Chandra Hoffman’s Chosen arrived as an unsolicited review copy a few weeks ago from Harper Collins, and I wasn’t sure when I would get to it. Any book that promises to examine the adoption issue from all angles is definitely high on my list of books to be read, but it was this review of Chosen by novelist Laurie Tharps, author of Kinky Gazpacho and the newly released Substitute Me, which intrigued me enough to pick up my copy and start reading.
Chosen chronicles the lives of three couples. John and Francie are an older wealthy couple, Francie desperate to adopt a child after several failed in vitro fertilization procedures; Paul and Eva, are college sweethearts who turn to adoption when faced with their own fertility problems, eventually going on conceive a child of their own; and Jason and Penny, a down and out couple whose baby will change the lives of one expectant couple, while wreaking havoc on their own. Connecting the trio of couples is Chloe Pinter, the idealistic social worker whose own troubled family history leads her to make a career out of creating the perfect family.
I haven’t had much experience with adoption, and don’t know any of the intricacies of the process other than from the perspective of some friends of mine who are in the process of adopting from another country. I have heard the horror stories about black market adoptions, and how hard it is to adopt in this country – especially when seeking to adopt a healthy white baby, so this novel was definitely an eye opener of insight into the workings of private adoptions, and the lives of the different participants. Chosen is a compelling read, and even though my feelings for the characters and the actions undertaken by them still require some sorting on my part, it was hard to put this book down for any length of time. It is haunting in that it has stayed with me for several days after I finishing it.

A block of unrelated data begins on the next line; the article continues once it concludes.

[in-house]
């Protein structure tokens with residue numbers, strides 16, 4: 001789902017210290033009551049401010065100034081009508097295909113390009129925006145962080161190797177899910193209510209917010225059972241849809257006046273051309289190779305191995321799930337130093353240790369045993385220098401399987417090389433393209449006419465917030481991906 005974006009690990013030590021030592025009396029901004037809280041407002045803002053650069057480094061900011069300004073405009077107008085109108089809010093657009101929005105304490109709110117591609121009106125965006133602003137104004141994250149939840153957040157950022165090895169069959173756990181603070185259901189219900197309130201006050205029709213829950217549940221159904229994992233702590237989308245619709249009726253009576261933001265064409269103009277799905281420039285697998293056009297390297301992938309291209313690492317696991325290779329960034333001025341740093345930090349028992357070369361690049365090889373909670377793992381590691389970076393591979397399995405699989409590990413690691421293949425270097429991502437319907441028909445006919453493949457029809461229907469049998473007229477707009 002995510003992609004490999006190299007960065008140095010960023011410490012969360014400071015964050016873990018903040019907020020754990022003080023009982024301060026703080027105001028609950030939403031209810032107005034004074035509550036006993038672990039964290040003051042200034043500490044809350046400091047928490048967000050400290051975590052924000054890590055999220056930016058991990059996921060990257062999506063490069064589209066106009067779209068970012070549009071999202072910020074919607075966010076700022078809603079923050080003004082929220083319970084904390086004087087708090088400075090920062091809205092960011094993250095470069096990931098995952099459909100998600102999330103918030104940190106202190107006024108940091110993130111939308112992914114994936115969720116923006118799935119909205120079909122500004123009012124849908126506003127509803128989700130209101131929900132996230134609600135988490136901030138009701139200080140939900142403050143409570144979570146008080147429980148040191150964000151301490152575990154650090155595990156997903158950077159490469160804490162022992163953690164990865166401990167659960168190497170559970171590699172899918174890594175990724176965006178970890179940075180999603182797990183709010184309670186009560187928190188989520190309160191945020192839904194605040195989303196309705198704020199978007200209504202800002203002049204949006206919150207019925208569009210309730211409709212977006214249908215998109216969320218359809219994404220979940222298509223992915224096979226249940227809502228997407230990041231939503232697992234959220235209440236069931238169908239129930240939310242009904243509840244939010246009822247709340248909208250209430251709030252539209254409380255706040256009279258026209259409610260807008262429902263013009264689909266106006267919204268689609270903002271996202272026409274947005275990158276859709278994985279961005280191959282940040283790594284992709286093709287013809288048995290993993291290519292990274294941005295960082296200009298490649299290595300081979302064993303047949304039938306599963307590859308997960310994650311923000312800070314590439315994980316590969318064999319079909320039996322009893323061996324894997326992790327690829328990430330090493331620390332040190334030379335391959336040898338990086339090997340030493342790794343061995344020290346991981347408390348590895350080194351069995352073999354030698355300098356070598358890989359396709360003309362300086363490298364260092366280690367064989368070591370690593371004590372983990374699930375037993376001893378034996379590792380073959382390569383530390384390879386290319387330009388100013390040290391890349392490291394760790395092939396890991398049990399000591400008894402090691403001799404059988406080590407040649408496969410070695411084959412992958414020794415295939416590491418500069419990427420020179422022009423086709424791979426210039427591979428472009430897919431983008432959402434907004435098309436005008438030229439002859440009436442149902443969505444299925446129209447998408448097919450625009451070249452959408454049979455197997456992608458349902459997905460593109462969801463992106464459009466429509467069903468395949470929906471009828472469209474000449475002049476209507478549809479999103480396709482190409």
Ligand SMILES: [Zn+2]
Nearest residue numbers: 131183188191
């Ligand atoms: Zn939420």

Most of the characters are well drawn. I like the way that we get to see the genesis of the couples and the quality of their relationships, but a few of them didn’t quite hit the mark. I reached to understand them, but failed to truly do so in a few instances. I also wanted to hear more from John since he is the only one of the seven to never have his perspective shared and explored.
Hoffman doesn’t shy away from the desperate circumstances that force people to consider and ultimately place their children with other families. The details about what the expenses the agency pays, when they sever responsibility, and the business of bringing in clients and birth mothers were uncomfortable to contemplate and in some cases appalling. The online culture of the moms trying to adopt was fascinating. It becomes evident how high a premium needs to be placed on careful consideration and discretion in the sharing of information in such delicate situation. The mounting suspense and thriller aspects of the novel really drives that point home.